By Steve Weddle
Joelle's post this weekend -- VALIDATION -- opens up some great lines of discussion.
I completely agree with Joelle that some folks feel validated from a book contract.
I also agree that writers need validation, otherwise they'd never put ink to paper, pixels to pad.
Though Joelle hasn't argued that a Big Six Contract is the only form of validation, others have -- implicitly, if not explicitly.
I think this is horrifically myopic.
First of all, you have validation of the marketplace.
Let's say you get a great from a Big Six Publisher. Super cool. Twitter congrats all around. You might get great reviews and sellout your first six printings.
You might not sell too well, despite good reviews. Heck, maybe they printed up 20,000 copies of the first and it only sold 10,000. Which, you know, holy crap. 10,000 is a boatload. Not an aircraft-carrier load, of course, but still. Then when you turn in the second manuscript to your editor, maybe the publisher doesn't spend too much money promoting you. So you have a debut book that sold poorly and a second book that sold even fewer copies. So then you're an author whose sales are tracking downward. As Mike Dexter says to Amanada Beckett in CAN'T HARDLY WAIT: "Who's gonna want you now?" Good luck selling your third book to someone.
Everyone loves your first book. I know this guy whose first book sold out in its first printing. Hot damn. So he goes to the local chain store wondering why they won't stock his book. Or more than one copy of his book. Or put him on one of those cardboard kiosks in the middle of the store. They tell him, "You only sold 5,000 copies of your first book." He says, "I know. That's all they printed. I sold out." And the store tells him, "You only sold 5,000 copies." And he says, "I sold out." And on and on. He didn't get on the cardboard kiosks or premium placement elsewhere. He did manage to get them to buy more copies as he kept going in on Tuesdays and buying his own book.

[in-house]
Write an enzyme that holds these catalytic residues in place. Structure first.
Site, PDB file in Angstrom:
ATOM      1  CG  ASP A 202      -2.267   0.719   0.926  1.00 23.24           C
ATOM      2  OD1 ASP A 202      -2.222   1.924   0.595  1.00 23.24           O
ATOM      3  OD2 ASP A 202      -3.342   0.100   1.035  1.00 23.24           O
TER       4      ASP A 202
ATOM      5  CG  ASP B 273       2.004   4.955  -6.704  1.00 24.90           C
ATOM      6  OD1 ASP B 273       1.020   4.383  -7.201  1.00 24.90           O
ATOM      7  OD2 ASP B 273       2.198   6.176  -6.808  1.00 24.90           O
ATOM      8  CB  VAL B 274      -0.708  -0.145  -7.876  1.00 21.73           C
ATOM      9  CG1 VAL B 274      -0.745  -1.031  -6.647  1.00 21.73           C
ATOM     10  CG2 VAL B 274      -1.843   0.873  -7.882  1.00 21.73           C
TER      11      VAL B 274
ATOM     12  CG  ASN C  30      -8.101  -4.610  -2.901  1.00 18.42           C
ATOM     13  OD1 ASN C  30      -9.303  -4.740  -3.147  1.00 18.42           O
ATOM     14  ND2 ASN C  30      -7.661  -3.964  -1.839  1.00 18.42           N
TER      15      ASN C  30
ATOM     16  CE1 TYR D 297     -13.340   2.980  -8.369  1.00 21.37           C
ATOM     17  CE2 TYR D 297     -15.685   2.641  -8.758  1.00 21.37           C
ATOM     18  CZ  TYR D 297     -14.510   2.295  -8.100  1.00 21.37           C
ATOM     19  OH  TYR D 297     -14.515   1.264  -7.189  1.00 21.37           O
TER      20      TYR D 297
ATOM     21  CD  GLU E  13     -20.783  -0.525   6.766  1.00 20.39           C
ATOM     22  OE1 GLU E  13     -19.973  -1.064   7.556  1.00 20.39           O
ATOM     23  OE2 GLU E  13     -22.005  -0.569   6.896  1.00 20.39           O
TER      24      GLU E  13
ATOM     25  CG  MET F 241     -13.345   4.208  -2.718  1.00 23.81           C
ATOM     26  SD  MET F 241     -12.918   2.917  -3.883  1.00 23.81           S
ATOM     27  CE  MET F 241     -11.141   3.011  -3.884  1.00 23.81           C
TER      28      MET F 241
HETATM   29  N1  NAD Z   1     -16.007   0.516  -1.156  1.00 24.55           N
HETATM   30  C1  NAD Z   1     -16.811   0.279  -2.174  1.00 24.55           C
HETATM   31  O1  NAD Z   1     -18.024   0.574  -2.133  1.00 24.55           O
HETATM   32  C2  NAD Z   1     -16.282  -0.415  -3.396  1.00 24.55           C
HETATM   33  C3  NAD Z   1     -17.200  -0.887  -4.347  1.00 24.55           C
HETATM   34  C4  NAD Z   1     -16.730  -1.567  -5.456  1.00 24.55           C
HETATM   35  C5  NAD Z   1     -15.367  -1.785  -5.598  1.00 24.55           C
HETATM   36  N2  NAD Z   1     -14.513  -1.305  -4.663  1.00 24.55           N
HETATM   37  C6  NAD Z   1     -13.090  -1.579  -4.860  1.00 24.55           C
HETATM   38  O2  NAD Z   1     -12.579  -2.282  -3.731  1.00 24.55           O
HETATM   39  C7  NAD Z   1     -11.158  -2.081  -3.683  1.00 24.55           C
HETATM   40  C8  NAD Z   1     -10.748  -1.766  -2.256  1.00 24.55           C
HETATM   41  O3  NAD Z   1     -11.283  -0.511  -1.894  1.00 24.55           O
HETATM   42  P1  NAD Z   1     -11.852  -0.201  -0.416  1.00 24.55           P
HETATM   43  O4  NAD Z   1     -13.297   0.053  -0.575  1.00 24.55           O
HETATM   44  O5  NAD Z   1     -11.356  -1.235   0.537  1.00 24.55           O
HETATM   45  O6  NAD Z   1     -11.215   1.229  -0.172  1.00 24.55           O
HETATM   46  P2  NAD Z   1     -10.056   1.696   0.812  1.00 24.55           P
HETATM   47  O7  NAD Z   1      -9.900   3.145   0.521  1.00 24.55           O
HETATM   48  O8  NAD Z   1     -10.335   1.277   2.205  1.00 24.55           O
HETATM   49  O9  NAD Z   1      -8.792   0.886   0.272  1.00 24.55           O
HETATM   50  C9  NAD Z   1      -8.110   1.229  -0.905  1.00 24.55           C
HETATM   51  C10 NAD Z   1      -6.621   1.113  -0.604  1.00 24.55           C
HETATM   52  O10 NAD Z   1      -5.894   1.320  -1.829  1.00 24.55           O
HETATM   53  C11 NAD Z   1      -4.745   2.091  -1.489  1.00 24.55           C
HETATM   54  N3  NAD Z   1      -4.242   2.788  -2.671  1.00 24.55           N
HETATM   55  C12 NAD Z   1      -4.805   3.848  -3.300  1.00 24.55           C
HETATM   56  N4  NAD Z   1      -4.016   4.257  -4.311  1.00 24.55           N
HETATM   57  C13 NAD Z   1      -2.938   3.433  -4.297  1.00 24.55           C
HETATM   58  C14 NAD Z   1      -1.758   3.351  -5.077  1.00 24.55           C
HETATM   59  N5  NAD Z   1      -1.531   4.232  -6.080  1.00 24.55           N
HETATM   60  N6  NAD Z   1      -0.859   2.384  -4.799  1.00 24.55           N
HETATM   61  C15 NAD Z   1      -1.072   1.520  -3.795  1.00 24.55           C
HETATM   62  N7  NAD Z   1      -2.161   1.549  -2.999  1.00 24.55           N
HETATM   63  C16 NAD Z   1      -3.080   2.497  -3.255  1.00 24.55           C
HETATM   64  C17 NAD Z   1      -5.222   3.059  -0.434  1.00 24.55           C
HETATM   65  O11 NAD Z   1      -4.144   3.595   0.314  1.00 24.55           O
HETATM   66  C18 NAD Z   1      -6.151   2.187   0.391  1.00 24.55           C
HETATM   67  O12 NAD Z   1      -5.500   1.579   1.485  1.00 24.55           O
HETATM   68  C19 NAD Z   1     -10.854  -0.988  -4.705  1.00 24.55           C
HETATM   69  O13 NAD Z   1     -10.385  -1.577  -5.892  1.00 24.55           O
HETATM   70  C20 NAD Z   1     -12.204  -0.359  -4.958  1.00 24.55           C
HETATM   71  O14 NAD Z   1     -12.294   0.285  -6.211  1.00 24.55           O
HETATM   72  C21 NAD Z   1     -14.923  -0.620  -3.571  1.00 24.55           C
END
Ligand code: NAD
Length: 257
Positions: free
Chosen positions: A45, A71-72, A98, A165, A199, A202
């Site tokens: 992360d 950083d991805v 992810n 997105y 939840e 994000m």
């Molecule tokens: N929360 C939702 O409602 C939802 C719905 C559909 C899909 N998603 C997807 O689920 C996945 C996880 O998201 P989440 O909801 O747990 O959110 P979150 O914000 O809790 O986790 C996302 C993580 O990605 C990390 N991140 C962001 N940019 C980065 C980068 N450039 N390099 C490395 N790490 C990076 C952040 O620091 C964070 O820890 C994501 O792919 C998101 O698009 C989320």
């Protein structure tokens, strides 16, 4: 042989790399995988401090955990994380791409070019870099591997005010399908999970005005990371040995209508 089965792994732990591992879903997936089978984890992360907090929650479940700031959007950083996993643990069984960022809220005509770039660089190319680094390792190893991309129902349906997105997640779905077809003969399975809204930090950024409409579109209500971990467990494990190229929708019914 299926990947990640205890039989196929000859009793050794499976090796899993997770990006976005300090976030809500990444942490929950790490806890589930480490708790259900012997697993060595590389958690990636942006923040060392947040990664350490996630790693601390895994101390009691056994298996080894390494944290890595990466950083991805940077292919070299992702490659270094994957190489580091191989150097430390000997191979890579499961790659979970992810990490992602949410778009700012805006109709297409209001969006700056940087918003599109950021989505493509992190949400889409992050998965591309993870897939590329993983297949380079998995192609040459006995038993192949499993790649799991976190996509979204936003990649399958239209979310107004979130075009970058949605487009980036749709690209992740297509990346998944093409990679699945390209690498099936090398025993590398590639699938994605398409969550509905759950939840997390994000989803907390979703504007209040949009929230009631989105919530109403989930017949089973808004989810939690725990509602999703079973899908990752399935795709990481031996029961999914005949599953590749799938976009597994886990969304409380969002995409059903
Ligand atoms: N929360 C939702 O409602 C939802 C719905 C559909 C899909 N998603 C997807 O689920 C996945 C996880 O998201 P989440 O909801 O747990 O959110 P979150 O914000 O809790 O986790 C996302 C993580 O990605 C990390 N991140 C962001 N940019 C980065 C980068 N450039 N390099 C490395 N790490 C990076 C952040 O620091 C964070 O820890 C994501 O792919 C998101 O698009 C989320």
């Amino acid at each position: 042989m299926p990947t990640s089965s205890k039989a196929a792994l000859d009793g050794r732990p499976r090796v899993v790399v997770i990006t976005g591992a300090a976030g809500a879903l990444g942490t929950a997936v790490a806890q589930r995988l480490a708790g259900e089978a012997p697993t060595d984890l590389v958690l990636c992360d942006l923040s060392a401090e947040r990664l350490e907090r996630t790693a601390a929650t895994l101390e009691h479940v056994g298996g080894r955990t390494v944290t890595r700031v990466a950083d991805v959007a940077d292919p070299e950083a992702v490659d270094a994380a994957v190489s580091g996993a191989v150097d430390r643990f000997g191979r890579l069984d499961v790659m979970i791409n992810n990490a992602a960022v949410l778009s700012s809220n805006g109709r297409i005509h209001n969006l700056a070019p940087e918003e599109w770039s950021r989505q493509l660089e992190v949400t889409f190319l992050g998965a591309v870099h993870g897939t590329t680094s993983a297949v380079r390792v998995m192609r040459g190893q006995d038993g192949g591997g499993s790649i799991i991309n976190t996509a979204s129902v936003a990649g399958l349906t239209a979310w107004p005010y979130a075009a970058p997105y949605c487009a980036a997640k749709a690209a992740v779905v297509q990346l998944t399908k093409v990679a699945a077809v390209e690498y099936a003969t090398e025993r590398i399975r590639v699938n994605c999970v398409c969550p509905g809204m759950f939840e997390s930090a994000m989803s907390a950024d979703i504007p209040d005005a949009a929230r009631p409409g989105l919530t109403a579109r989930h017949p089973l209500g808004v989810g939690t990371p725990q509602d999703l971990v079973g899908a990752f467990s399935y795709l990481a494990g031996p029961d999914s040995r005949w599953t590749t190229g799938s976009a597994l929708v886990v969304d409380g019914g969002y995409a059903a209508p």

Your book sells to a Big Six Publisher and the editor leaves, your book is orphaned, and you don't get the promotion, the love you signed on for.
On and on and on.
Cards on the table for a second. Joelle has quite a few book deals right now. Right now she and John Hornor Jacobs are collecting book deals like those orange kids on that Jersey show are collecting STDs. I don't have a book contract and I don't have a manuscript making the rounds right.
I'm not about to argue that a book deal doesn't offer validation. But you know what else offers validation? Sales.
Yeah, you've got a great shot once a publisher takes on your great book, but you don't need a deal with a New York City Publisher to sell your book. What's changed? Plenty, but the main thing: distribution.